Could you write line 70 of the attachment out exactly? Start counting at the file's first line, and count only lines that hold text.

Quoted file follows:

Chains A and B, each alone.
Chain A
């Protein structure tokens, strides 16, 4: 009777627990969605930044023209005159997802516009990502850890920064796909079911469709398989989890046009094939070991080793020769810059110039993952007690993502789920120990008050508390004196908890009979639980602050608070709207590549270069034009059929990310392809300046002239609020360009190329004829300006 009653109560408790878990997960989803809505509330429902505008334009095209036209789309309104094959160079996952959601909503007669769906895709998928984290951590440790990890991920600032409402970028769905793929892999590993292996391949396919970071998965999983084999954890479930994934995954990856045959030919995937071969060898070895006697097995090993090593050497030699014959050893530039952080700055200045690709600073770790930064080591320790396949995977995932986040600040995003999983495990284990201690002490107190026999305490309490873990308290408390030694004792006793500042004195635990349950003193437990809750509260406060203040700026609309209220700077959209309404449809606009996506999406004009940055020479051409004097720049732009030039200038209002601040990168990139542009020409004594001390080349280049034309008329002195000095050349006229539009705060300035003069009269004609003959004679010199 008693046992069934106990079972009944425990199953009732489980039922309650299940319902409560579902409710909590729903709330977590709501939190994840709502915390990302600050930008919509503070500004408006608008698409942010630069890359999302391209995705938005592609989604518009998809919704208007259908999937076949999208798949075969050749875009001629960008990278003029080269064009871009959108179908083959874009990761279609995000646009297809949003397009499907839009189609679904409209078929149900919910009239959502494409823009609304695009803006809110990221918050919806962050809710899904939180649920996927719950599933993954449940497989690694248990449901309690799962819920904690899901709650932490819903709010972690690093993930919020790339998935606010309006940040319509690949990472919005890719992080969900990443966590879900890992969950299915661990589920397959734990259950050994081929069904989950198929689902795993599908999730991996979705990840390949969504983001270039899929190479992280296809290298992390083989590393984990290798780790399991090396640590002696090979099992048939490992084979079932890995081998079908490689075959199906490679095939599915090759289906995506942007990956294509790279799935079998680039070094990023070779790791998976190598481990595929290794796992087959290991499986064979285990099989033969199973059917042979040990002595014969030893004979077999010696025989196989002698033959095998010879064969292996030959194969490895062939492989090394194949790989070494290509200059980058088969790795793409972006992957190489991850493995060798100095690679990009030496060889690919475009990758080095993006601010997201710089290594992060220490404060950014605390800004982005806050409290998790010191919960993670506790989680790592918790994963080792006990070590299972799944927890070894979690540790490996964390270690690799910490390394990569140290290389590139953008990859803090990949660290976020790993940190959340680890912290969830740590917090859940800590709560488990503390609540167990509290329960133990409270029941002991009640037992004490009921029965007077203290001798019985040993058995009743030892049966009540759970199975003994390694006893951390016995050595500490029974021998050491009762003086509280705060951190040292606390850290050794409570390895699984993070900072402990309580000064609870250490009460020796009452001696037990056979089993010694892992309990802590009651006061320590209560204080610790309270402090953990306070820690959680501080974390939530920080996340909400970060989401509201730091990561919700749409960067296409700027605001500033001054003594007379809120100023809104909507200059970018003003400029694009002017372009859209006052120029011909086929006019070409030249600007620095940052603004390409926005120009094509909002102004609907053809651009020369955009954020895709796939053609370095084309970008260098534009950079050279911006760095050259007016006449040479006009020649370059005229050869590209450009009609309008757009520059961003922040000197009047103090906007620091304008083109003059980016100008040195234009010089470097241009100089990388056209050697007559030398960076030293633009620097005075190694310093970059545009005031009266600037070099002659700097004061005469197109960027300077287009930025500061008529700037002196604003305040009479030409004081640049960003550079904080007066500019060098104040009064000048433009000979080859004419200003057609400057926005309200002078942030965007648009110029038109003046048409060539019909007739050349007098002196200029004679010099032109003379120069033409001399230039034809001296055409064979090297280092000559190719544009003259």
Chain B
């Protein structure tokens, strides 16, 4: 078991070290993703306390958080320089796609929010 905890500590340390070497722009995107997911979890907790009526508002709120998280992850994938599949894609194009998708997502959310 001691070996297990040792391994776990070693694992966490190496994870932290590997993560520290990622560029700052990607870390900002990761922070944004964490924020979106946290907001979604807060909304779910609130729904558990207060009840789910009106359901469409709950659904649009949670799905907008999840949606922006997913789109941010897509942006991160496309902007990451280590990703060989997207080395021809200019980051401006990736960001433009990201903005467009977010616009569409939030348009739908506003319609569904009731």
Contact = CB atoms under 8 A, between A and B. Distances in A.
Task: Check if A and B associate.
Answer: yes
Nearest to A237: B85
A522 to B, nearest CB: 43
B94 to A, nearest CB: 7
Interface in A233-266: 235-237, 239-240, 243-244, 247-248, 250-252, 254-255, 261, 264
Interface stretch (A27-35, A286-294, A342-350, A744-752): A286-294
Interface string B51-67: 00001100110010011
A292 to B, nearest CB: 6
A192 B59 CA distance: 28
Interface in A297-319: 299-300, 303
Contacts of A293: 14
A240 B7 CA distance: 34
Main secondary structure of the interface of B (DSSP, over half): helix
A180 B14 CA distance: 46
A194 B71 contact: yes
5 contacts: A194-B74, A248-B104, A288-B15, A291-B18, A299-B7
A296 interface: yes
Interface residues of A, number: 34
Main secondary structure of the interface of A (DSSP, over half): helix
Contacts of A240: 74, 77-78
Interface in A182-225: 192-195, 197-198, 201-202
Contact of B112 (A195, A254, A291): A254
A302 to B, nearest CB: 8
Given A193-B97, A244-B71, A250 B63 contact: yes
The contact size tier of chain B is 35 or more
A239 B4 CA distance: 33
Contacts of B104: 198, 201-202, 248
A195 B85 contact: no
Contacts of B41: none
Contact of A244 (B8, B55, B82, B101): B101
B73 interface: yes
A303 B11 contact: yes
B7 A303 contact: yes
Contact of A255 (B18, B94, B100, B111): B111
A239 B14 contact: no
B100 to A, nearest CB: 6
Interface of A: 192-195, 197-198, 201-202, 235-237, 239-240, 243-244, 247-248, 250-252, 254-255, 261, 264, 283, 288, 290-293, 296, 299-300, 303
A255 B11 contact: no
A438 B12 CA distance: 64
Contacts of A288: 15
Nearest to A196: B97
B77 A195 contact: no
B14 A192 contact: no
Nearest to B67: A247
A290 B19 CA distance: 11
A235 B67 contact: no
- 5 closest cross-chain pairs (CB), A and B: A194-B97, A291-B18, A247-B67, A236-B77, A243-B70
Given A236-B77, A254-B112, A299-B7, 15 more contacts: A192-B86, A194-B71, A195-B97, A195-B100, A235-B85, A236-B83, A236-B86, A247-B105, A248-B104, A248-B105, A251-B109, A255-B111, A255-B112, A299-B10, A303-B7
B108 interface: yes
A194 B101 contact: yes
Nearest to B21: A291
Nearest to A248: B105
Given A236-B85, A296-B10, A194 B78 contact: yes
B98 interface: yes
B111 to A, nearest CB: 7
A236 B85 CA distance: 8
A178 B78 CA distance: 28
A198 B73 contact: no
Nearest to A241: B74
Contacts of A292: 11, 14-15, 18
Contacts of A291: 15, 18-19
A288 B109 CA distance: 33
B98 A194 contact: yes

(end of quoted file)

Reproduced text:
B98 A194 contact: yes